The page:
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News > Chile

ECLAC Proposes Granting a 'Basic Emergency Income' to the Poor

  • ECLAC Secretary Alicia Baracena at a videoconference, May 27, 2020.

    ECLAC Secretary Alicia Baracena at a videoconference, May 27, 2020. | Photo: Twitter/ @cepal_onu

Published 27 May 2020

Cash transfers to meet basic needs will be crucial to achieving economic recovery.

The Economic Commission for Latin America and the Caribbean (ECLAC) Secretary Alicia Barcena Wednesday called on governments to ensure an "Emergency Basic Income" (EBI) for the entire population to cope with the COVID-19 pandemic's socioeconomic impacts.


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This UN agency proposes that Latin American governments guarantee immediate temporary cash transfers to meet basic needs and sustain household consumption, which will be crucial to achieving a solid and relatively rapid economic recovery.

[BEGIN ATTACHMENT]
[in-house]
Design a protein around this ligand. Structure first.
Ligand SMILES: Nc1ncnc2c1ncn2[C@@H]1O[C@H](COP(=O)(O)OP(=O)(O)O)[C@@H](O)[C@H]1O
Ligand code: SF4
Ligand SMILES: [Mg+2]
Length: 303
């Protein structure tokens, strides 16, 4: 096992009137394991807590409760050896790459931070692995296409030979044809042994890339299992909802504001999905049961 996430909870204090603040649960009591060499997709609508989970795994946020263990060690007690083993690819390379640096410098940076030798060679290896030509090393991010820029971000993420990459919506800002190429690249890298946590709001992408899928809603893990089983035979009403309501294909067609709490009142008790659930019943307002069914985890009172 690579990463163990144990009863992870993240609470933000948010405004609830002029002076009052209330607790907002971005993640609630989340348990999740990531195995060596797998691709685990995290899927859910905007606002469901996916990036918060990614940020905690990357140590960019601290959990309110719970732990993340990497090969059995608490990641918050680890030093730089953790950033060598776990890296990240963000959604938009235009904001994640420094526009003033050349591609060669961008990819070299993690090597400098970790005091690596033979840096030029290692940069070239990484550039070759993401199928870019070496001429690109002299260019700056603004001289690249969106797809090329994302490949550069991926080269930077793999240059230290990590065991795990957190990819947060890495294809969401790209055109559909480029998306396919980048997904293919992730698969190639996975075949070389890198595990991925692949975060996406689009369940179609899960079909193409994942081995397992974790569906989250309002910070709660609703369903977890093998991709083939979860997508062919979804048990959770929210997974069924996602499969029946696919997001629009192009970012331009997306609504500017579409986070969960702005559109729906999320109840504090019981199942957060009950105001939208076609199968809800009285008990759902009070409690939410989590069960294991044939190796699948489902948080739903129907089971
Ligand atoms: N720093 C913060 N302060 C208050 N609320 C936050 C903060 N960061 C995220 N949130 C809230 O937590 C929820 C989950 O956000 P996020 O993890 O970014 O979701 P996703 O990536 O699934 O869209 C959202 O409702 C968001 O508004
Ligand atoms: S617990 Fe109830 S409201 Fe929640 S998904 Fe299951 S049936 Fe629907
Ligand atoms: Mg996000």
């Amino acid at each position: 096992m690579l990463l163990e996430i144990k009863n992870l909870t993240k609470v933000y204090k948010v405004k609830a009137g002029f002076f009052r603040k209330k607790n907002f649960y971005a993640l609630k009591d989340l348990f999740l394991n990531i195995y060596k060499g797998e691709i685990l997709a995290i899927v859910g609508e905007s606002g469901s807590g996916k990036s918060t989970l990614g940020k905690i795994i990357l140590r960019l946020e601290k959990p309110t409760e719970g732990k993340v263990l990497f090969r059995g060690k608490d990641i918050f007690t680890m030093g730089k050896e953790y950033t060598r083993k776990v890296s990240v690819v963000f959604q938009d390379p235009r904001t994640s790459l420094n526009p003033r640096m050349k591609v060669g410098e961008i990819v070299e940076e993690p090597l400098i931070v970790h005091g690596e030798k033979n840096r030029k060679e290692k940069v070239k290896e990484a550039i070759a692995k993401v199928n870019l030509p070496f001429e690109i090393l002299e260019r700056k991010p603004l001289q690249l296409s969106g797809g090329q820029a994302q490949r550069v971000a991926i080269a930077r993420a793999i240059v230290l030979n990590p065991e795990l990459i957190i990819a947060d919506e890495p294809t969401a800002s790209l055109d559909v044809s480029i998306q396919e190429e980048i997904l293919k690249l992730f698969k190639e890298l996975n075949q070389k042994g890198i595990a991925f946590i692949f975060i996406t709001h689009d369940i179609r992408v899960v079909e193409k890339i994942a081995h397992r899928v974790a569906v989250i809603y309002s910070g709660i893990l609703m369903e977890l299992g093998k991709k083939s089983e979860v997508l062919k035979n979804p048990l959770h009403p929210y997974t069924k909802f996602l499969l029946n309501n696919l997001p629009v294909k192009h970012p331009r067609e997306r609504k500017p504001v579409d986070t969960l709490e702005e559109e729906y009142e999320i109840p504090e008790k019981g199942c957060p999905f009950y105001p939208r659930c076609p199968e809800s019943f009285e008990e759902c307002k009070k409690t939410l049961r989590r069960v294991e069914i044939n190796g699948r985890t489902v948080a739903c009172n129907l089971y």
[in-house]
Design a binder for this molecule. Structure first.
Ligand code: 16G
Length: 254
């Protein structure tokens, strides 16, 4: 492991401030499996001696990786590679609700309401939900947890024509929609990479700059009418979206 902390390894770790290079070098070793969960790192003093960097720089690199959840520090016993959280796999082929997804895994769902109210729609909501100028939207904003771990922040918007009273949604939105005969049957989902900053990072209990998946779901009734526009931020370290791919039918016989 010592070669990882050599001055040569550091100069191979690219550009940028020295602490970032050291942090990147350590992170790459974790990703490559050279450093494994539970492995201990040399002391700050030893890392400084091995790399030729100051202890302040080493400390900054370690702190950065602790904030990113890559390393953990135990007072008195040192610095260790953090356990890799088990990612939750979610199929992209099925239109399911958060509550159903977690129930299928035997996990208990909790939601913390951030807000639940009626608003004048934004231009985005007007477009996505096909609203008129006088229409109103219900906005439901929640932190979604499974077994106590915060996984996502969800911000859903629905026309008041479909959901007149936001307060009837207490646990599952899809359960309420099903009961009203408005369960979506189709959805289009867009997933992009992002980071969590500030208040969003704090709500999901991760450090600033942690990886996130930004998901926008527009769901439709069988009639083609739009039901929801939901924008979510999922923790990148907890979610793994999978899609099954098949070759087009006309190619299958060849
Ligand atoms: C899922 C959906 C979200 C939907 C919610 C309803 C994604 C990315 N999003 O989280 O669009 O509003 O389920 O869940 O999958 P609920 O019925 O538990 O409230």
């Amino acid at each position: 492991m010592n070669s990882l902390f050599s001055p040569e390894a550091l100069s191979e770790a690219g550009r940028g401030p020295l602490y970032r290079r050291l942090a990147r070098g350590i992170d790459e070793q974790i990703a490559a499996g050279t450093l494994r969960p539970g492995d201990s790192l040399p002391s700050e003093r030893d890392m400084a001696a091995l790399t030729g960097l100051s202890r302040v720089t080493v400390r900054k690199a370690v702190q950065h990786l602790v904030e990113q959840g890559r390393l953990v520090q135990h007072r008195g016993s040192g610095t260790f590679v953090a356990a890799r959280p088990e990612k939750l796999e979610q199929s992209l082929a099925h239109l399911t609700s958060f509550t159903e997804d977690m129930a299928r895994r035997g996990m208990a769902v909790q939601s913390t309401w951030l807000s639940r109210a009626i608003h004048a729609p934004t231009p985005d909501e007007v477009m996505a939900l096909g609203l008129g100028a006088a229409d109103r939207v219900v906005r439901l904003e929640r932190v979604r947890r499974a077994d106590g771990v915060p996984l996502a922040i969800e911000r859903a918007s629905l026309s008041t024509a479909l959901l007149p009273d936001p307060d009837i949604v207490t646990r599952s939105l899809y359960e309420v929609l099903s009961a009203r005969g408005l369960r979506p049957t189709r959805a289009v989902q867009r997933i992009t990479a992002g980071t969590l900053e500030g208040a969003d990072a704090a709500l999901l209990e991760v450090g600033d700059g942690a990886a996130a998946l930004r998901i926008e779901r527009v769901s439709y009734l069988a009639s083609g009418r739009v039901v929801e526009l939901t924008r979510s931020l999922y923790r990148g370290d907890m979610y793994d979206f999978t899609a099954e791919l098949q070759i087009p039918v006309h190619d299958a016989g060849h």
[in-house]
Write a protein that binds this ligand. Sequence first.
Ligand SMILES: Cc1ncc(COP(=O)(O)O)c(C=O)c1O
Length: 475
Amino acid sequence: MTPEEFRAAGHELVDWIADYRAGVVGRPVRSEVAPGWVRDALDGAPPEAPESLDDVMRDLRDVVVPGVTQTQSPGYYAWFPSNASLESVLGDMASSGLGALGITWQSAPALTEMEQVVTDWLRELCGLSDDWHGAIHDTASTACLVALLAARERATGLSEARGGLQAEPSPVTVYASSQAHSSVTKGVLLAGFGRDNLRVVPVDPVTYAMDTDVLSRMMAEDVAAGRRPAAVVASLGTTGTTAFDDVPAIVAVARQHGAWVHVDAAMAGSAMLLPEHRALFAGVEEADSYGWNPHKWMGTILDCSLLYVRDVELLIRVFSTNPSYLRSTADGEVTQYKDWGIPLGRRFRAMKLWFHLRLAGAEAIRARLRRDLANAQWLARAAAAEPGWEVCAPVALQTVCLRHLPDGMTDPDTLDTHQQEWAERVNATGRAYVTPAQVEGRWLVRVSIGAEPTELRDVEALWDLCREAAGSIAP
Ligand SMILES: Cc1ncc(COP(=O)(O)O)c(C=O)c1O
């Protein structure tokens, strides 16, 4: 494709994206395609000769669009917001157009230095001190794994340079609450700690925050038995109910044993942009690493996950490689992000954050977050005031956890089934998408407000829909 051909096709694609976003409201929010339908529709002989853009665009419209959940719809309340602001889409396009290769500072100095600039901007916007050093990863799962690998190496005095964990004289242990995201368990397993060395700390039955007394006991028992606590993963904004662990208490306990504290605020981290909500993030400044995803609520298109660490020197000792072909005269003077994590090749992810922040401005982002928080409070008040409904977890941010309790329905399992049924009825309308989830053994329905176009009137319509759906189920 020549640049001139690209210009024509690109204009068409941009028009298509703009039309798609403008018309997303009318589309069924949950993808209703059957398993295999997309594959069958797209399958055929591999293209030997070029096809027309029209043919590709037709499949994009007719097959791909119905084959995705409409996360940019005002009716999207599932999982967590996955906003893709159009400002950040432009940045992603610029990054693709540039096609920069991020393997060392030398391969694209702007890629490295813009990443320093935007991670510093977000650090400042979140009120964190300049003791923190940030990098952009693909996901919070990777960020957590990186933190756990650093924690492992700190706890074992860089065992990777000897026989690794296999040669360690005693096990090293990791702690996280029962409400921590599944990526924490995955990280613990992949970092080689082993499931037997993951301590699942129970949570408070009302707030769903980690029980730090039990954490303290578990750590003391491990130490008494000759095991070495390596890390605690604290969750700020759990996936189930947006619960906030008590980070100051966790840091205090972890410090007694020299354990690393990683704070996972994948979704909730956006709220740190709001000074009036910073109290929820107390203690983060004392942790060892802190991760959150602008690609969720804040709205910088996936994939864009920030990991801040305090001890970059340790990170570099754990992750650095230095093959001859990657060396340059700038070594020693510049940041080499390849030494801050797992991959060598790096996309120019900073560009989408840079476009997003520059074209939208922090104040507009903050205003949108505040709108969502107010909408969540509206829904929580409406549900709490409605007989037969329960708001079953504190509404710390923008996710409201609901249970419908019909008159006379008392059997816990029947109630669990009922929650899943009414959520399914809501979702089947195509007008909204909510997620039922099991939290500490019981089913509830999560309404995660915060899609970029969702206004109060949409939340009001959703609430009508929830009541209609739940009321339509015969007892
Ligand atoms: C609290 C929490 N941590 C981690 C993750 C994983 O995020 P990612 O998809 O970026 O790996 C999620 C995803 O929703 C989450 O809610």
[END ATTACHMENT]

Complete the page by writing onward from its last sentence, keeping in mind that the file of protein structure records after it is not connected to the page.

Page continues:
In the long term, this emergency policy could become the first step towards the establishment of the "Universal Basic Income" (UBI), a proposal that would guarantee the right to survival of poor and vulnerable people.

“We have calculated that it could cost around 2 percent of GDP and I do not think it is too much when we see that tax evasion levels are 6.3 percent of GDP," Barcena said and added that "there are countries that can do so. It would only require political will."

“The pandemic has made visible the economic model's structural problems. The shortcomings of social protection systems and welfare regimes are proving very expensive for us today. For this reason, we must move towards the creation of a welfare state based on a new social pact, which considers fiscal, social, and productive issues," she added.

Specifically, ECLAC proposes that this emergency basic income have the value equivalent to a poverty line, that is, to the cost of acquiring a basic food basket and other basic needs.

This amount, which varies from country to country, would be delivered for six months to the entire Latin American population in poverty, which currently reaches 215 million people and represents 34.7 percent of the regional population.​​​​​​​

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